A ZENIT DAILY DISPATCH
A Bishop's Life in North Vietnam

Bac Ninh Prelate Tells of Government Surveillance and Thousands of Youth Seeking the Church

ROME, 16 DEC. 2011 (ZENIT)
Bishop Cosme Hoàng Van Dat of Bac Ninh, in North Vietnam, says he would not describe the Church of his homeland as a "persecuted Church." Yet he states with simplicity that he's sure the government watches his every move.

The 64-year-old bishop's estimation of things is clearly marked by his simplicity and deep faith. His life as a bishop is simply a mission from Christ, he notes. Marie-Pauline Meyer for Where God Weeps in cooperation with Aid to the Church in Need spoke with Bishop Hoàng about his ministry and the beautiful faith found in his diocese.

Q: Is it difficult to be a Catholic bishop under a Communist state?

Bishop Hoàng: It is not difficult because I think that a bishop is the successor to the apostles that Christ sent to every corner of the world and communist countries are a part of the world and is it is necessary that there are some of His disciples in this part of the world. Vietnam is a communist country and it is difficult sometimes, but it is necessary that a bishop be present.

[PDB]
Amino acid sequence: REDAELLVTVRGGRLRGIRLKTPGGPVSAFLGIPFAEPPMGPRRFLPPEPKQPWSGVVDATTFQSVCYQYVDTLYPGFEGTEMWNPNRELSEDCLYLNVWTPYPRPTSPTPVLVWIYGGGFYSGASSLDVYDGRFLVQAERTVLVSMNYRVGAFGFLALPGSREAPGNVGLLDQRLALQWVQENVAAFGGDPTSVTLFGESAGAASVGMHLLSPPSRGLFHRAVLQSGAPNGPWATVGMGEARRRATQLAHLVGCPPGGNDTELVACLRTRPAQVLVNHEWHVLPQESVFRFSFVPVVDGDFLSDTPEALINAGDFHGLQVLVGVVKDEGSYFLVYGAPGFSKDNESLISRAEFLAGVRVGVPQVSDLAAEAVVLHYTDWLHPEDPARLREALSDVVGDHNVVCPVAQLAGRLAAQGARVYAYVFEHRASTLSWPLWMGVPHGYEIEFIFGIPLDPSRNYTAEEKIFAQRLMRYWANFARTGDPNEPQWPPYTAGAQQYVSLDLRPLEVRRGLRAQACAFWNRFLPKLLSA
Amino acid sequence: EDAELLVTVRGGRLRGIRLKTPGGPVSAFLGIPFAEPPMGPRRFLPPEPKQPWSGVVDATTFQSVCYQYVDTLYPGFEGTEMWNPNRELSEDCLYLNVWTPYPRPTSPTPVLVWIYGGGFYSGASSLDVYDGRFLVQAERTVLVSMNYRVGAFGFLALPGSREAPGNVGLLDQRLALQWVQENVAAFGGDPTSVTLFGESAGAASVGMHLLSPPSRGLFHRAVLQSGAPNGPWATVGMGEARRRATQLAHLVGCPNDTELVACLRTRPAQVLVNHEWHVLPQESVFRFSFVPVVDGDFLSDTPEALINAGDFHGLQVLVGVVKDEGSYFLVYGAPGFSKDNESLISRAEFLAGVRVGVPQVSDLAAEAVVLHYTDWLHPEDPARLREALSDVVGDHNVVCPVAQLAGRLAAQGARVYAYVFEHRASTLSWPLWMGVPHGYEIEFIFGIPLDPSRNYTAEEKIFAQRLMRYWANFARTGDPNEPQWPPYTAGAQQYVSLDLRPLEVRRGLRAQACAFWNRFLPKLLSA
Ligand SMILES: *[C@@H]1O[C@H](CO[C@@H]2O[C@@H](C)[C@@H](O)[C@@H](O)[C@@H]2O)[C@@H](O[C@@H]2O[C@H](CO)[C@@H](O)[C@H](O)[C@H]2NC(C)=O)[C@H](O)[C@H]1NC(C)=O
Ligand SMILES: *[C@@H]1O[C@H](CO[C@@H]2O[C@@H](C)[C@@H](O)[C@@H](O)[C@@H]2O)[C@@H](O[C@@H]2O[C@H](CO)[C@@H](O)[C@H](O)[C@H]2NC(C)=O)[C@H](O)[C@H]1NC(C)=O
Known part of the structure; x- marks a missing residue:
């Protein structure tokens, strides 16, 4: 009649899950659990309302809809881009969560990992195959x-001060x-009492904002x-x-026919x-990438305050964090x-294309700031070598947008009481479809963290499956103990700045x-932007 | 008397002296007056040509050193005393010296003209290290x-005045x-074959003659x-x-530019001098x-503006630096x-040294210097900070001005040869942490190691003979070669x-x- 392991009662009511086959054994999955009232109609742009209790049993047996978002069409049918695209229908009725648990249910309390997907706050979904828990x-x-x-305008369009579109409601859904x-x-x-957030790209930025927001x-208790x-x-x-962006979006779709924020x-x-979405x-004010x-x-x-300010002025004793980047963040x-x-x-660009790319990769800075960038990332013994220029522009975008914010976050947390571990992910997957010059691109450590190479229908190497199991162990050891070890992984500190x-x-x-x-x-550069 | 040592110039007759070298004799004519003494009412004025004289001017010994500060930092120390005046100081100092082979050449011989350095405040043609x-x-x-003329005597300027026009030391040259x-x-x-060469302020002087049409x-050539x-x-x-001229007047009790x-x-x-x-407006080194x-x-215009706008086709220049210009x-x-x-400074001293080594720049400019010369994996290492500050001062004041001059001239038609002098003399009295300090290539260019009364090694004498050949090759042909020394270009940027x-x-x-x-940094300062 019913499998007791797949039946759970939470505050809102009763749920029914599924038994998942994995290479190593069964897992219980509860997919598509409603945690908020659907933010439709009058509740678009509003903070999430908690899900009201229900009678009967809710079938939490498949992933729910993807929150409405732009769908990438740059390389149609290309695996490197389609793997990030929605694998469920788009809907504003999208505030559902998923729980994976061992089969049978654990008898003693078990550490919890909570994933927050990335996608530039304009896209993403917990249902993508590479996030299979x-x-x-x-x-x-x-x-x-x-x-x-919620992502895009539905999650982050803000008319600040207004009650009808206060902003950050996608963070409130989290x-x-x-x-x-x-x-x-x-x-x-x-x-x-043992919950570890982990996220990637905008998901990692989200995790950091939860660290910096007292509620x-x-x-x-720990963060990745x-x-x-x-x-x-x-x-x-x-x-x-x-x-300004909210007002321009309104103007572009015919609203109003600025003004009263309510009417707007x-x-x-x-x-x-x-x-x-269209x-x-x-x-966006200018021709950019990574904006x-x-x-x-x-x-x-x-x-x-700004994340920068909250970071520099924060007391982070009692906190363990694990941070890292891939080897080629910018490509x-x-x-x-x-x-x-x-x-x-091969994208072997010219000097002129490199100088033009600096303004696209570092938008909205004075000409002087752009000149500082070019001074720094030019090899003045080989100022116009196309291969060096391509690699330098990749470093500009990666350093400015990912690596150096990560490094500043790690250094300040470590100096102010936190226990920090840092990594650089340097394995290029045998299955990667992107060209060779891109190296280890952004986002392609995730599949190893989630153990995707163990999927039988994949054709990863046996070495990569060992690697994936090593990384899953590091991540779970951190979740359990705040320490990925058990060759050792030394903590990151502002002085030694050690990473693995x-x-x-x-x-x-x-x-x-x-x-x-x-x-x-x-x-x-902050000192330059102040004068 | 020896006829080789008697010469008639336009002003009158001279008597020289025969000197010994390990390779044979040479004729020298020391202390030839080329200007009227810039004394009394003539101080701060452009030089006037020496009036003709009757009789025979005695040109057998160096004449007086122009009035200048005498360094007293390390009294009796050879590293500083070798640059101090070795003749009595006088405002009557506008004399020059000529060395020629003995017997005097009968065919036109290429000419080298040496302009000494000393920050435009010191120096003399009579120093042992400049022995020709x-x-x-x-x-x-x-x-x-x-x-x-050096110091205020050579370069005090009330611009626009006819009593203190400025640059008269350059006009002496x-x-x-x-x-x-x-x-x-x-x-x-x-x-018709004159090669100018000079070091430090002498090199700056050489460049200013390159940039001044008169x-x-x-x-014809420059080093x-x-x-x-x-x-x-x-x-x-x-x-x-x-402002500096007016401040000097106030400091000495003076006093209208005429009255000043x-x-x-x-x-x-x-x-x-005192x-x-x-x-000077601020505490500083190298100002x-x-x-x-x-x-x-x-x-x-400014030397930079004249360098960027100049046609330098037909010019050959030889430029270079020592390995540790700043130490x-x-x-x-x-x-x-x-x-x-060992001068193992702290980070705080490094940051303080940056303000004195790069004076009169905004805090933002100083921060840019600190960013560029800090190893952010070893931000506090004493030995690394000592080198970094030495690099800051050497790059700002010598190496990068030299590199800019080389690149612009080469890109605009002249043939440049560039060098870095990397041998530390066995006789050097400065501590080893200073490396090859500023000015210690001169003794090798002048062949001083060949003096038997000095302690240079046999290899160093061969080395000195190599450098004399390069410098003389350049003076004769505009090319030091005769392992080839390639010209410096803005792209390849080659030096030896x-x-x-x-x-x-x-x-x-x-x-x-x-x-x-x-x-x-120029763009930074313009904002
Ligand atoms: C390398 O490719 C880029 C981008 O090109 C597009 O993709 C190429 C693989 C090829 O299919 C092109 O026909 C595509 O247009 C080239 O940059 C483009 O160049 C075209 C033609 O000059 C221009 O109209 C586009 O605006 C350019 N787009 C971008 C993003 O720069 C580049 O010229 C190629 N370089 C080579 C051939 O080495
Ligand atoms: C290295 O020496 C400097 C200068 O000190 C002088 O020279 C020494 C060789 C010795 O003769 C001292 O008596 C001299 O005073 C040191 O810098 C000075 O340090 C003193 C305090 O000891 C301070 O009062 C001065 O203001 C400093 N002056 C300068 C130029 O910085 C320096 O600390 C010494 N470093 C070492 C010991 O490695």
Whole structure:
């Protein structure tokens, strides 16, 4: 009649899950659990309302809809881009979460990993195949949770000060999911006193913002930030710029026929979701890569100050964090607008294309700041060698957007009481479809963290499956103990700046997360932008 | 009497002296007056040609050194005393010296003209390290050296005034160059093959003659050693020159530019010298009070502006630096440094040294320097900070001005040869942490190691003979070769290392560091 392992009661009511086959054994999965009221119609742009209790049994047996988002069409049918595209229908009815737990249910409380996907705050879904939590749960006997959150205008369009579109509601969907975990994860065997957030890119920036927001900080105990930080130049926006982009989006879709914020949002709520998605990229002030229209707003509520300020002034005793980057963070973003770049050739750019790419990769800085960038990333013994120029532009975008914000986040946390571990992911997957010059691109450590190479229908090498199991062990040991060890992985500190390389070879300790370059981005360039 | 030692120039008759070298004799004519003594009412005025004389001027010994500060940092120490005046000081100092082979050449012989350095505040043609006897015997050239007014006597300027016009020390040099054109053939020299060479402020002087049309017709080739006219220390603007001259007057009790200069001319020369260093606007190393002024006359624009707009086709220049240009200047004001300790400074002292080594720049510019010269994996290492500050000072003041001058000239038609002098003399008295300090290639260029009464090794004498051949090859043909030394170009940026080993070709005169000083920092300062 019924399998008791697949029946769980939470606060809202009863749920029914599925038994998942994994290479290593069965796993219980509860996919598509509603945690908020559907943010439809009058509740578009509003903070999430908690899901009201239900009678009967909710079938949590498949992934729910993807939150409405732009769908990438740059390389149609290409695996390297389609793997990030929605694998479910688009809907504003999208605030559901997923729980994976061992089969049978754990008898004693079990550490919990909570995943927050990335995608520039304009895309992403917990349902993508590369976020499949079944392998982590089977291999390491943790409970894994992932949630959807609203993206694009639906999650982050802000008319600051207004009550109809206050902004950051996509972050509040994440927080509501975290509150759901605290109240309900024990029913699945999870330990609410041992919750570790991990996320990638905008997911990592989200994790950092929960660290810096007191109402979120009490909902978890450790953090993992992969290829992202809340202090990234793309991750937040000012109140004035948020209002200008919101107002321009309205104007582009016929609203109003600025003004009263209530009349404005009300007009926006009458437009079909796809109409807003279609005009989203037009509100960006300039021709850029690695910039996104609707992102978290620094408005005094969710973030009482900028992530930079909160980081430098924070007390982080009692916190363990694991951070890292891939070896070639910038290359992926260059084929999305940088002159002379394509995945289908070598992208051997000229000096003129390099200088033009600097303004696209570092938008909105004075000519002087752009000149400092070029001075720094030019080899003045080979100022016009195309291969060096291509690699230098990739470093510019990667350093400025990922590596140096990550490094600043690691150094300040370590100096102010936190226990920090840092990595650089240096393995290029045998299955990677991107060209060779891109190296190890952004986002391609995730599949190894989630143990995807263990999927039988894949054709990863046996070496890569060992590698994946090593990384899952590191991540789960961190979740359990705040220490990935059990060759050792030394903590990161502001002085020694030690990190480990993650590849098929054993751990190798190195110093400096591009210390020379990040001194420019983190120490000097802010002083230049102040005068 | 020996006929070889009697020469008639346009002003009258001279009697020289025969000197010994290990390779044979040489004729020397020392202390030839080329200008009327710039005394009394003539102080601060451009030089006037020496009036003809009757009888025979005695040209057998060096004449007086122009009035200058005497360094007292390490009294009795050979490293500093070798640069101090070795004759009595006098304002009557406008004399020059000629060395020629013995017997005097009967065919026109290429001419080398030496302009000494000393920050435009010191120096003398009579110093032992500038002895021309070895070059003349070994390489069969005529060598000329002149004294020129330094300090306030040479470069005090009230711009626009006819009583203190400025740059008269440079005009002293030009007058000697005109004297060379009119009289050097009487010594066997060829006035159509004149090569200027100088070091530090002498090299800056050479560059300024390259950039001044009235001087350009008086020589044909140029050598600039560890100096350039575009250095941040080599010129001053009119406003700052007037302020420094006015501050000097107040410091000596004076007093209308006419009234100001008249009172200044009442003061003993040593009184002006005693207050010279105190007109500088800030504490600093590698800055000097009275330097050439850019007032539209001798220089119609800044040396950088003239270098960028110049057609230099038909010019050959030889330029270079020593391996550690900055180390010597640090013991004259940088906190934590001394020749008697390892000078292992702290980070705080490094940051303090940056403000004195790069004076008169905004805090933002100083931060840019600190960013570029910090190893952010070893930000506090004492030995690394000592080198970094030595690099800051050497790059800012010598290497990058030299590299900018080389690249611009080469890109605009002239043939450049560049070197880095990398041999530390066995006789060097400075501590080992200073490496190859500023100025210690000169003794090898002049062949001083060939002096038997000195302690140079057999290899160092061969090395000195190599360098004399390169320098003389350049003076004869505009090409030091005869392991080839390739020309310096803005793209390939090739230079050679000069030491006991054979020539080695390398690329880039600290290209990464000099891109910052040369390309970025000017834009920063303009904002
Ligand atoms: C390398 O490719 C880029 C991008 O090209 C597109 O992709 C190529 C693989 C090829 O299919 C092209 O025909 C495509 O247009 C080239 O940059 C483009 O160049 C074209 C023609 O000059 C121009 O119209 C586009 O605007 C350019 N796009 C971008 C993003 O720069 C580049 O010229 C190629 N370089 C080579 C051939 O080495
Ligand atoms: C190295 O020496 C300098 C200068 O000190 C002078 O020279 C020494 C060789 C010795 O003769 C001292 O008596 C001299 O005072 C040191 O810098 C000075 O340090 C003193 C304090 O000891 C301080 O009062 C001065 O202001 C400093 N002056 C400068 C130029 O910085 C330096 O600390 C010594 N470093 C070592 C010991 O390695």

Q: Do you have a feeling that the government is always watching you? 
Bishop Hoàng: I am sure the government watches everything I do. 

Q: Would you say the Catholic Church in Vietnam is a persecuted church? 

Bishop Hoàng: Many years ago yes but now, no. Years ago, the Church faced difficult times. Almost every priest and seminarian was put in prison; my vicar general spent nine years in prison when he was just a seminarian. We are now freer. 

Q: You are a Jesuit. What attracted you to the Jesuits? 

Bishop Hoàng: I joined the Jesuits in 1967 and I was 19 years old. It was during the Vietnam War. I thought at that time that war and weapons were not a good solution for the country. Two figures are prominent in my decision to join the Jesuits: St. Francis Xavier and Fr. Alexander de Rhodes, one of the first missionaries to Vietnam, both were Jesuits. So I applied to join the Jesuits to become a missionary and at that time I imagined my life later on as a missionary in Africa, but up to this time I have not been to Africa.